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4 Comments on Exclusive News: Former Microsoft XBox Manager Joins Sparter Advisory Board


On July 16, 2007 at 2:22 pm

I had the chance to talk with both Mr. Kelly and Mr. Maruyama during this interview. I’ve played a bunch of MMOs, and I’ve always been kind of down on RMT, simply because I believe it hurts the economies of servers when gold that is farmed on other servers is suddenly dumped into economies. However, what Sparter is proposing to do is something totally different. Basically, they are facilitating the trade between gamers of gold for money.

Now, there’s no difference in a real life friend giving me ten bucks for 100 in-game gold. Honestly, the market is tending towards RMT every day, and the willingness of a well-known executive to sit on the advisory board should give us all a look at how the industry is beginning to regard the issue.

Regardless of how you feel on the issue, you should do your research, and see what Sparter has to offer. You’ll know the time for RMT to be fully accepted is drawing near when you see MMO publishers (besides Sony) coming on board with companies like Sparter.

Sure, there will always be the elitist gamers who disagree with the practice, but honestly, the secondary market can only help the gaming industry, and that’s good for everyone.


On July 25, 2007 at 2:03 am

There is no doubt that Sparter have created an excellent C2C trading platform for the secondary MMO market. There is also no doubting the lengths they have gone to promote this new venture, especially through mass PR. What conerns me is the lack of attention given to the issues that have plagued RMT for many years, namely the extent of fraud due to the intagible nature of the product.

In it’s FAQ section, Sparter merely refers to fraud, on either side of the transaction as a “well it could happen, but it probably wont and we wont tell you what will happen if it does”. In acting as an intermediary Sparter is taking themselves out of the blame equation whilst still profiting from the transaction. The disheartened and out-of-pocket customer will return again putting the past bad experience down to a bad seller. It’s clear to see whilst opening up a massive C2C trading platform, Sparter is also opening up more opportunities for fraudulent buyers and sellers, and at present they seem quite intent to take a ring-side view with their 10% commission fee in hand.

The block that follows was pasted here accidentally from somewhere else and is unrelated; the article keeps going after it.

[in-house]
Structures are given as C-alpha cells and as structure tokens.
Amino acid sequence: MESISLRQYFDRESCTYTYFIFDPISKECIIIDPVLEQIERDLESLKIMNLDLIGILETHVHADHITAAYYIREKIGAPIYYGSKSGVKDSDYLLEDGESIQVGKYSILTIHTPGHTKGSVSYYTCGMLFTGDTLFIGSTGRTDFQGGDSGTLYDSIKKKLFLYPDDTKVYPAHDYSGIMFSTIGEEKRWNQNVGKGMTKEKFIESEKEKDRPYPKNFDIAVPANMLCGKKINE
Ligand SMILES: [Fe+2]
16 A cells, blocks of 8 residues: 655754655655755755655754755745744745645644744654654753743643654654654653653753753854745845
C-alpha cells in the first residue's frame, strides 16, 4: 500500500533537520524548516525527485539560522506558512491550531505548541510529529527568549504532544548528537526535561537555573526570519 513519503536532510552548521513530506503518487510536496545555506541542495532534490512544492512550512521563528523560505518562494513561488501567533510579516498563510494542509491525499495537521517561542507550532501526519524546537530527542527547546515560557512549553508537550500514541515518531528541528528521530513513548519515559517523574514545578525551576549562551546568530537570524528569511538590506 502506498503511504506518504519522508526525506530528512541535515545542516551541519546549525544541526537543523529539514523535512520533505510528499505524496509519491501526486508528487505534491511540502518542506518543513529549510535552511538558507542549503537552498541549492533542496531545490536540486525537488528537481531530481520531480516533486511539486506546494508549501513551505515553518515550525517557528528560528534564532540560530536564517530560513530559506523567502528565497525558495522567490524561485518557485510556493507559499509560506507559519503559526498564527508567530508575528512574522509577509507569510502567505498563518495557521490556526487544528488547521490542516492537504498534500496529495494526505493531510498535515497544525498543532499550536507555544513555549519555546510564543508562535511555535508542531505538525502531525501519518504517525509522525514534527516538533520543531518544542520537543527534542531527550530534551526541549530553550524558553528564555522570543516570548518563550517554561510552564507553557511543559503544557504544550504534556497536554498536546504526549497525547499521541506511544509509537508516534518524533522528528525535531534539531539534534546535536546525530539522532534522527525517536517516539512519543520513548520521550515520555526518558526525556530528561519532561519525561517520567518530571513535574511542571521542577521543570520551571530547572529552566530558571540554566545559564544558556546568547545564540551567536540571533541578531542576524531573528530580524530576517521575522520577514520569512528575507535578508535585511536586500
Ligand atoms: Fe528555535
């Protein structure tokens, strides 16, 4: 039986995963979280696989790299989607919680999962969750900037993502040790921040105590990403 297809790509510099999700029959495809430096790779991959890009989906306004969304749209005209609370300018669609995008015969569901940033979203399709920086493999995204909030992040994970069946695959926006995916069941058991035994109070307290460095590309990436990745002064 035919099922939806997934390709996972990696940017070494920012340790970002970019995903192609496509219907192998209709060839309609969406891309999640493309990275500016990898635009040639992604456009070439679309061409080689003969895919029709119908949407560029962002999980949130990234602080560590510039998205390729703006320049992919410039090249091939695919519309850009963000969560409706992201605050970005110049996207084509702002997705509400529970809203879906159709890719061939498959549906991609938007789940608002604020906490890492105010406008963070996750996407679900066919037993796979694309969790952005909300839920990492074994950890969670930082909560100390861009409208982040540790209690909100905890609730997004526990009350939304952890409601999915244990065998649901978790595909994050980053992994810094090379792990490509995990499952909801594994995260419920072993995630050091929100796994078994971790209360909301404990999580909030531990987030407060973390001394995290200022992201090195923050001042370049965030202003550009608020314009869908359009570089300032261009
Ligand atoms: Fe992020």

When Sparter is written about in Blogs and on Community Sites without being prompted for good PR and inbound links, maybe this and many other issues will be addressed. For now let us all enjoy the PR Department approved doctrine being sent forth by Mr. Kelly & Co.

Shawn Sines

On July 25, 2007 at 6:49 am


I’d like to hear what you think they could do. Sparter offers an eBay like selling experience with ratings and as it is not directly involved at the corporate end how can it address the issues you mention? eBay has much the same problem with fraud but as consumers we’ve come to accept the risk it seems.

The concept has a long way to go to overcome many of the negative aspects the industry as a whole has ignored about the process. I believe after looking at the situation that the Sparter exchange site is really just the first part – they want to help make the RTE market safer but it required publisher cooperation on an issue many of them frankly do not want to deal with.

Sure virtual currency exchange for real money has an intangible nature.. but if you think about it there would not be a company making money at this if the currency in those games did not have an intrinsic value to game players – people who often as the question – how much is my time worth? Can I afford to spend it on grinding or should I simply just purchase gold so I can concentrate on the activities I like? Personally I think that proposition makes sense.

My observation is that Sparter has methods in place for identifying bad sellers/buyers and warning consumers. How else should they address the fraud issue?


On July 25, 2007 at 9:15 am

If you read the FAQ on the Sparter site, you’ll see that the seller doesn’t receive your money until the transaction is completed, and the virtual item has been delivered.

“Once currency is selected and paid for, we put your funds in escrow and notify the seller that he should deliver the currency to you within the timeframe you selected. The delivery of the currency will happen either through in-game email or through some other means depending upon the game. It is the seller’s responsibility to deliver the currency to you and we do not release your money to the seller until delivery has taken place. In the unlikely scenario where your currency is not delivered or is late, the seller’s rating will decrease and in certain situations he may be banned from the marketplace. Sparter will then refund your money or ask another seller to fill your order.” from http://sparter.com/web/faq.jsp#b15

It’s difficult to protect against fraud in the world of RMT, but this sounds to me to be a good-faith effort to do so.